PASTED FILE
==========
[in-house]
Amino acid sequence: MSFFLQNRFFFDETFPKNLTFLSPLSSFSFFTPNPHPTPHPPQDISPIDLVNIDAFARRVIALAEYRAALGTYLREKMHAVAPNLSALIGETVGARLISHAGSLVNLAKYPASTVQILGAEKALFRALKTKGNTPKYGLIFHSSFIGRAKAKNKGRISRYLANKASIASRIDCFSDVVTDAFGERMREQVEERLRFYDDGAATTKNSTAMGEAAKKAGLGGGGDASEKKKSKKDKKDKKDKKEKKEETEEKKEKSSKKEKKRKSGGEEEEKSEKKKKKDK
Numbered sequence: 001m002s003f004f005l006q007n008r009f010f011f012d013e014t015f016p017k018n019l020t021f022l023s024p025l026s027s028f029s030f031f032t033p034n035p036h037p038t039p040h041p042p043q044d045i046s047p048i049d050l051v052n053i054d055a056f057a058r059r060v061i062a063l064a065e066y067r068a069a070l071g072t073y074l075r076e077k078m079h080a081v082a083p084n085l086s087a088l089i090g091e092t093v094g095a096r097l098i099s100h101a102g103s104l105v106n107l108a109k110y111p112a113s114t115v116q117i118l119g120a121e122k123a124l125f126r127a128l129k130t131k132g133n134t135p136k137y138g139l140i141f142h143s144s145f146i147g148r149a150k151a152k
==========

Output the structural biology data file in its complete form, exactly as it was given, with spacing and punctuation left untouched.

[in-house]
Amino acid sequence: MSFFLQNRFFFDETFPKNLTFLSPLSSFSFFTPNPHPTPHPPQDISPIDLVNIDAFARRVIALAEYRAALGTYLREKMHAVAPNLSALIGETVGARLISHAGSLVNLAKYPASTVQILGAEKALFRALKTKGNTPKYGLIFHSSFIGRAKAKNKGRISRYLANKASIASRIDCFSDVVTDAFGERMREQVEERLRFYDDGAATTKNSTAMGEAAKKAGLGGGGDASEKKKSKKDKKDKKDKKEKKEETEEKKEKSSKKEKKRKSGGEEEEKSEKKKKKDK
Numbered sequence: 001m002s003f004f005l006q007n008r009f010f011f012d013e014t015f016p017k018n019l020t021f022l023s024p025l026s027s028f029s030f031f032t033p034n035p036h037p038t039p040h041p042p043q044d045i046s047p048i049d050l051v052n053i054d055a056f057a058r059r060v061i062a063l064a065e066y067r068a069a070l071g072t073y074l075r076e077k078m079h080a081v082a083p084n085l086s087a088l089i090g091e092t093v094g095a096r097l098i099s100h101a102g103s104l105v106n107l108a109k110y111p112a113s114t115v116q117i118l119g120a121e122k123a124l125f126r127a128l129k130t131k132g133n134t135p136k137y138g139l140i141f142h143s144s145f146i147g148r149a150k151a152k